Our understanding of the complexity of bringing the biodiesel industry to the region was enriched through interactions with local farmers. The assumed ideal crop for oil production may not be the best choice for the region when the concerns of all stakeholders are considered and all of the aspects of sustainability are taken into account.

A large number of factors must be considered when developing a fully-integrated sustainable cycle such as the Initiative’s model for biodiesel production. Developing the skills to navigate these factors may be the most valuable outcome of our Phase I project, and the most critical for our continued success in Phase II. The real challenge for implementing biodiesel production in the Willamette Valley will not be the development of necessary technology, but rather in fitting all of the disparate pieces together.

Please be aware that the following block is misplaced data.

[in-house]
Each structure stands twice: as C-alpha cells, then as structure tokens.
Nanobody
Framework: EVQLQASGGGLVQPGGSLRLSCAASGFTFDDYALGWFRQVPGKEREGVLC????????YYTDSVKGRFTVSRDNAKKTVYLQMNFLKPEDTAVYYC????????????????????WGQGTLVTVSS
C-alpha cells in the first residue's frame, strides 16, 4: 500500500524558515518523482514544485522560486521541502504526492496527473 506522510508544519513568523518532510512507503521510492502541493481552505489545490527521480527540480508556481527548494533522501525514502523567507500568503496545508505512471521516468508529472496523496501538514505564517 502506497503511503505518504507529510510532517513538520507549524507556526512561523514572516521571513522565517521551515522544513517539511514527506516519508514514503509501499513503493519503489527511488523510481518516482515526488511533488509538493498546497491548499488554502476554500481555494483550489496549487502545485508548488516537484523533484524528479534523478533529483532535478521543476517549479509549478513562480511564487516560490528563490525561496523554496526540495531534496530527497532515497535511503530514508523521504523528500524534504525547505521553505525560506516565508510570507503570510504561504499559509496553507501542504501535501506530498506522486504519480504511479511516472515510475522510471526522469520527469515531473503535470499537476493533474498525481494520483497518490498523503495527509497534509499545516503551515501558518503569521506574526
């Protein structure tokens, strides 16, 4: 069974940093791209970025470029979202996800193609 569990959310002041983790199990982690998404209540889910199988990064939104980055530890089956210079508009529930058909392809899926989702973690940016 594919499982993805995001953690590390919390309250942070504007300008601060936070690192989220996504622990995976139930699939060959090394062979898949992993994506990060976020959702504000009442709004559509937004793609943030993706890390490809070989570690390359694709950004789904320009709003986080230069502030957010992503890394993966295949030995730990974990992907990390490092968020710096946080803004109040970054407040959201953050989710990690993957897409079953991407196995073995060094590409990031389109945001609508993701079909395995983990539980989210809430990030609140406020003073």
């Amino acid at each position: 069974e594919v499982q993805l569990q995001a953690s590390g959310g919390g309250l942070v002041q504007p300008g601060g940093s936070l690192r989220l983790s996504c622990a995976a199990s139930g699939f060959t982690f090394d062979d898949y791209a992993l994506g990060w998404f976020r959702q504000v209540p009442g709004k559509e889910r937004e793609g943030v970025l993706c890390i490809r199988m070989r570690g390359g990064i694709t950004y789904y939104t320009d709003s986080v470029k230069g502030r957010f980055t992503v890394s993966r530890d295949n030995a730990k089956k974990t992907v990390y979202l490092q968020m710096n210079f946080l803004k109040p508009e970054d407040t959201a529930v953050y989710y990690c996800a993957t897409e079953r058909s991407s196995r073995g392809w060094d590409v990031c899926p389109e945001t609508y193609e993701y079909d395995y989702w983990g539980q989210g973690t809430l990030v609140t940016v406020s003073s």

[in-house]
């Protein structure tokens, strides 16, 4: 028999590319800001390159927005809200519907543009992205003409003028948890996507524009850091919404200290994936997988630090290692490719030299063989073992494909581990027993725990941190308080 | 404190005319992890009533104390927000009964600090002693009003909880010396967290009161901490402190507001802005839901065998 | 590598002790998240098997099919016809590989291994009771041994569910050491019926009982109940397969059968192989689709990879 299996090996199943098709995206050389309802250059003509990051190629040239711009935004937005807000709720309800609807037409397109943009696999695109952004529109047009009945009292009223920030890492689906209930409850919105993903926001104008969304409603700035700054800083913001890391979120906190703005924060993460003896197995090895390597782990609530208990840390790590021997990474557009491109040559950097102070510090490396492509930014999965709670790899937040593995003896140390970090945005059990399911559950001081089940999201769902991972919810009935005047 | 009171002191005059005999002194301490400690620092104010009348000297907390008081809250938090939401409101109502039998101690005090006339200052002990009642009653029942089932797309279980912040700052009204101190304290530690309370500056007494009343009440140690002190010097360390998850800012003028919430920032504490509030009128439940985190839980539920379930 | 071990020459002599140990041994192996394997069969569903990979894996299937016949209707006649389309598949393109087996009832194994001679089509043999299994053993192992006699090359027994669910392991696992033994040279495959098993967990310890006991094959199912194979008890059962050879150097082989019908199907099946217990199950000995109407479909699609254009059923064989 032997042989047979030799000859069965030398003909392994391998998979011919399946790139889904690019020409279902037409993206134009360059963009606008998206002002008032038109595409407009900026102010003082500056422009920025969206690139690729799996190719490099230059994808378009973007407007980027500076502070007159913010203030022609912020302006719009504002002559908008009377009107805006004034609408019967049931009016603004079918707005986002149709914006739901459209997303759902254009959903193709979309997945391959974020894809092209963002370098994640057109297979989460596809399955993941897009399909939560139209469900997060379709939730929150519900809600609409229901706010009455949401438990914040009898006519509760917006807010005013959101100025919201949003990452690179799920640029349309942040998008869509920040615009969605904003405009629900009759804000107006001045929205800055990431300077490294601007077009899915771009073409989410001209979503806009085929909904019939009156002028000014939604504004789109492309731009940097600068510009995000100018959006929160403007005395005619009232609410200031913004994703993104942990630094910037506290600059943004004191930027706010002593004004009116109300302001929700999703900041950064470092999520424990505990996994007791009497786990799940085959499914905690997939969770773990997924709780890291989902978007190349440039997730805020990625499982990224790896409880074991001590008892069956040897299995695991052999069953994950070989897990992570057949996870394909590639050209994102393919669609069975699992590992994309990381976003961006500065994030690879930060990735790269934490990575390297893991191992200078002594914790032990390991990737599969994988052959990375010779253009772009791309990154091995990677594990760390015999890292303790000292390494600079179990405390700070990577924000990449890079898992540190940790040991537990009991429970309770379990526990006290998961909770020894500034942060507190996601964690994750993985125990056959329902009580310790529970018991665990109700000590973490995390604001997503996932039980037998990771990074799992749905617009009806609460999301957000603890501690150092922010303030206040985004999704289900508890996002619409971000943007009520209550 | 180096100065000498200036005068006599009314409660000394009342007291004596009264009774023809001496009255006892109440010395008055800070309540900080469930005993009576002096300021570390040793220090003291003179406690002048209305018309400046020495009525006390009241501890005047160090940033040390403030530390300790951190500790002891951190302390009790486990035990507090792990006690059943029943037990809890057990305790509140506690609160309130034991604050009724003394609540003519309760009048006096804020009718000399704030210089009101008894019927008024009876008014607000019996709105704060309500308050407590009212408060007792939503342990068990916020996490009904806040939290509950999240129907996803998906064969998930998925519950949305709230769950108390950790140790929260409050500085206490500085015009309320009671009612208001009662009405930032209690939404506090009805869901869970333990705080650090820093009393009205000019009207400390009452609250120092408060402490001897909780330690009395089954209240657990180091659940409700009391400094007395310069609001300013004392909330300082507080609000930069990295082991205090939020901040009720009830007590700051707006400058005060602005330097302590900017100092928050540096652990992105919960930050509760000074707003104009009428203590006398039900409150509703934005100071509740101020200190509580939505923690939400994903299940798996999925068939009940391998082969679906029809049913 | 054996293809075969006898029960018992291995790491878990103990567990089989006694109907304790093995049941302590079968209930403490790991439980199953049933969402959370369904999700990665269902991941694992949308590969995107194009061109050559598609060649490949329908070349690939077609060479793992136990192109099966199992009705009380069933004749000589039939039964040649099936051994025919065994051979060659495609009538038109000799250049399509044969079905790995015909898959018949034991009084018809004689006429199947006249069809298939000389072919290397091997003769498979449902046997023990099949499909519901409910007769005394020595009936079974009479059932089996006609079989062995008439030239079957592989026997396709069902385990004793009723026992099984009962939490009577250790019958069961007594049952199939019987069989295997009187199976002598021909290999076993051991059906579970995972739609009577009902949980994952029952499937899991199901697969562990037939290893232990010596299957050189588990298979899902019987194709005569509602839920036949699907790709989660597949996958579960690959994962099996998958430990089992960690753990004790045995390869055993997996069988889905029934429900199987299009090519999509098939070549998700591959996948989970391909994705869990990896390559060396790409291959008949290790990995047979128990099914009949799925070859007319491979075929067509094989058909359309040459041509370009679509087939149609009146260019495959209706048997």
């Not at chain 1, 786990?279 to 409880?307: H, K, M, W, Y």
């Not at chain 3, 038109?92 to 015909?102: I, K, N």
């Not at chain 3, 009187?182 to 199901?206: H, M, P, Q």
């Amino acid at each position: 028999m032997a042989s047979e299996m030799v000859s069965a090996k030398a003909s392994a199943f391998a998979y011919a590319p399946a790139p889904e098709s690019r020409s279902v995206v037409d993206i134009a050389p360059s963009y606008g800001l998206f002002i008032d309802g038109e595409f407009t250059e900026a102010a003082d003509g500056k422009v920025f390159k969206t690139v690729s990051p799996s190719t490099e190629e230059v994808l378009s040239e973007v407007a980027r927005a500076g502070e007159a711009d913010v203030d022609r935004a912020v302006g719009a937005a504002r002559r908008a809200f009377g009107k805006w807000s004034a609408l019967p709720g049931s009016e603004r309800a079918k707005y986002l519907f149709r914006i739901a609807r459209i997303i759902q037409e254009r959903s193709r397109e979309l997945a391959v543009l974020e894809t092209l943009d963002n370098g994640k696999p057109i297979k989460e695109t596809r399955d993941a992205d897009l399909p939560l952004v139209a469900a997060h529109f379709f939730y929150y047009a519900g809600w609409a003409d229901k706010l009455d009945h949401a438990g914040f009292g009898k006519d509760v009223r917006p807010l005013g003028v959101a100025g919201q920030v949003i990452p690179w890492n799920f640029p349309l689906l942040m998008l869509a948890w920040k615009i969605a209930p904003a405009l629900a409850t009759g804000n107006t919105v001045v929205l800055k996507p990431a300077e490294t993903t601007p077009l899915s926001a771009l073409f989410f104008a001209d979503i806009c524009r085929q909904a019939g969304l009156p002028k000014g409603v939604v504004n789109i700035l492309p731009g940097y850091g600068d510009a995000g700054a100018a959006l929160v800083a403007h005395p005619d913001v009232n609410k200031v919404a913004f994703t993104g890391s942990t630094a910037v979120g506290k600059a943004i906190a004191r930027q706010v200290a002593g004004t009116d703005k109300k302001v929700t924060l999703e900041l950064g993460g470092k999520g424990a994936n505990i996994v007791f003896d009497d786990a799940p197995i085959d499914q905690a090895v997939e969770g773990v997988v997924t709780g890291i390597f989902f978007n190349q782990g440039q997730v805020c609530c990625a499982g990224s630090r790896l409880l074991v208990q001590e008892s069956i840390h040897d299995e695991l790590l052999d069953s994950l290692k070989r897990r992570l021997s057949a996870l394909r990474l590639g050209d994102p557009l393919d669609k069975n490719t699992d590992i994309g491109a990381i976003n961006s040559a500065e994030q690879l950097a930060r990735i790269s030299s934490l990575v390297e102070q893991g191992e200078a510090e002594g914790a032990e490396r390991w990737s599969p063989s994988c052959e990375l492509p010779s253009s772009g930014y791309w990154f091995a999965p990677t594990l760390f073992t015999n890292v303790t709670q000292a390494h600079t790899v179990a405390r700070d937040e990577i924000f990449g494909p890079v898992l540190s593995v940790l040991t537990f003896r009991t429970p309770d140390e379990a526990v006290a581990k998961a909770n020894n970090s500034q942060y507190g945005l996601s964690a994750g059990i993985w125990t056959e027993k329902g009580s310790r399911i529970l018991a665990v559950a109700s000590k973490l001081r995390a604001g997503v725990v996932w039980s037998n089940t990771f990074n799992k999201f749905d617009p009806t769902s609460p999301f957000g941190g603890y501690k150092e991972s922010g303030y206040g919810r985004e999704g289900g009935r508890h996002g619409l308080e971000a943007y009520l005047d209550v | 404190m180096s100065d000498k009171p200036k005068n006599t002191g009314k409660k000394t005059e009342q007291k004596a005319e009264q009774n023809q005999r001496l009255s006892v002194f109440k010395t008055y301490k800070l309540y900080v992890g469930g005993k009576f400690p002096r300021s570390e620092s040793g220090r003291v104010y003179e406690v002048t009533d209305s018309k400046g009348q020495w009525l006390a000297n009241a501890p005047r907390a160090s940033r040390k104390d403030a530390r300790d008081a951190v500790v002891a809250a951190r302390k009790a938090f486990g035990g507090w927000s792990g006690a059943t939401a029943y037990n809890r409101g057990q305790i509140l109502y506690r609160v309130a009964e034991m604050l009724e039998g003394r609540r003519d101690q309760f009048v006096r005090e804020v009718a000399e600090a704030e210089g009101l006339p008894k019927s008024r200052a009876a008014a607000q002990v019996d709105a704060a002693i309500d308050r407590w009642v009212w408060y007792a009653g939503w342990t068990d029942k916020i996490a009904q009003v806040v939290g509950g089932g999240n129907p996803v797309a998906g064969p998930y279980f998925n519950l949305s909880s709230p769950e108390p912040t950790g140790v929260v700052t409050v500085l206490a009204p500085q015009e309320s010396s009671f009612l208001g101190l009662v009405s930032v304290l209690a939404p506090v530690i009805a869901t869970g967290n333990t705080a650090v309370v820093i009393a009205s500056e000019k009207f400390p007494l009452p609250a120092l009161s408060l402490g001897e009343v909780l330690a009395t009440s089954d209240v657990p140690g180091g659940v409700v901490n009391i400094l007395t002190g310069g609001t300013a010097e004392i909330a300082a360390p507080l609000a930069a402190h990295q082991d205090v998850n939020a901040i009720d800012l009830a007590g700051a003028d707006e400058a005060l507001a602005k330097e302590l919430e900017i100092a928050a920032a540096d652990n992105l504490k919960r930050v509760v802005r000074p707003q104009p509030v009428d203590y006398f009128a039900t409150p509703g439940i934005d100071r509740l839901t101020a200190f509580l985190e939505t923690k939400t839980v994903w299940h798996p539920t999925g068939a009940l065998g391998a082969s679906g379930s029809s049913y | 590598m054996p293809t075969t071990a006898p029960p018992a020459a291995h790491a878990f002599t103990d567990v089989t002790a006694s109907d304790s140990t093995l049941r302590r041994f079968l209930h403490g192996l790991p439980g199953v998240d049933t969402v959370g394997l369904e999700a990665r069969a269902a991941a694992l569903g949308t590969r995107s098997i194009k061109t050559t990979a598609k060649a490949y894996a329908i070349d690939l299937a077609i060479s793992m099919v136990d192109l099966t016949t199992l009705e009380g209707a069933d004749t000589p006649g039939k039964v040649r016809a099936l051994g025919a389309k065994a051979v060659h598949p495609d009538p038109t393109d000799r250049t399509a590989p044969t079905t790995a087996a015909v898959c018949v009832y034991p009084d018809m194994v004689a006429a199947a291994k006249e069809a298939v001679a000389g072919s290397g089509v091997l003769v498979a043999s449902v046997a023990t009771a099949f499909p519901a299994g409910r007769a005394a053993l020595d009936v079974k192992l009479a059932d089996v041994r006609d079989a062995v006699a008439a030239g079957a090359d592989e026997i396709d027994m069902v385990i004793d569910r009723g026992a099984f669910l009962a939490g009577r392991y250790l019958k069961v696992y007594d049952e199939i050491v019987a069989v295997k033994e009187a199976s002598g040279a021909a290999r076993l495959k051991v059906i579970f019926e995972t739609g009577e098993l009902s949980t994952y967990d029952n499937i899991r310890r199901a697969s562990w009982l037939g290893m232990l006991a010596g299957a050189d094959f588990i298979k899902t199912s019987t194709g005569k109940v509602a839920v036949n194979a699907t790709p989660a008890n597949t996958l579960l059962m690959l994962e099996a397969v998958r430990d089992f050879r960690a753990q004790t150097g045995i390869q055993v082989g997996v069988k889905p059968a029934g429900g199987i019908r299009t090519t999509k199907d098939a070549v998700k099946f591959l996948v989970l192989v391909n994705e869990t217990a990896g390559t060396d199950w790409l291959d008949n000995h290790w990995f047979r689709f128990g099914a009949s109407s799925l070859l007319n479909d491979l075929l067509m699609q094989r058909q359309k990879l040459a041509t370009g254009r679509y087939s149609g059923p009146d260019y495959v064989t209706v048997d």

Proposed Phase II Objectives and Strategies:

  • Continue and scale-up sustainable campus biodiesel production as a model for the local and regional community
  • Fulfill more aspects of sustainable production loop by developing economically viable means for the production of saleable glycerin products
  • Perform further anthropological studies, and experimental and field trials to determine the best crop for a regional source of vegetable oil
  • Further develop technology to aid in economic feasibility of local biodiesel production, such as efficient oil seed crusher and efficient, non-catalytic biodiesel process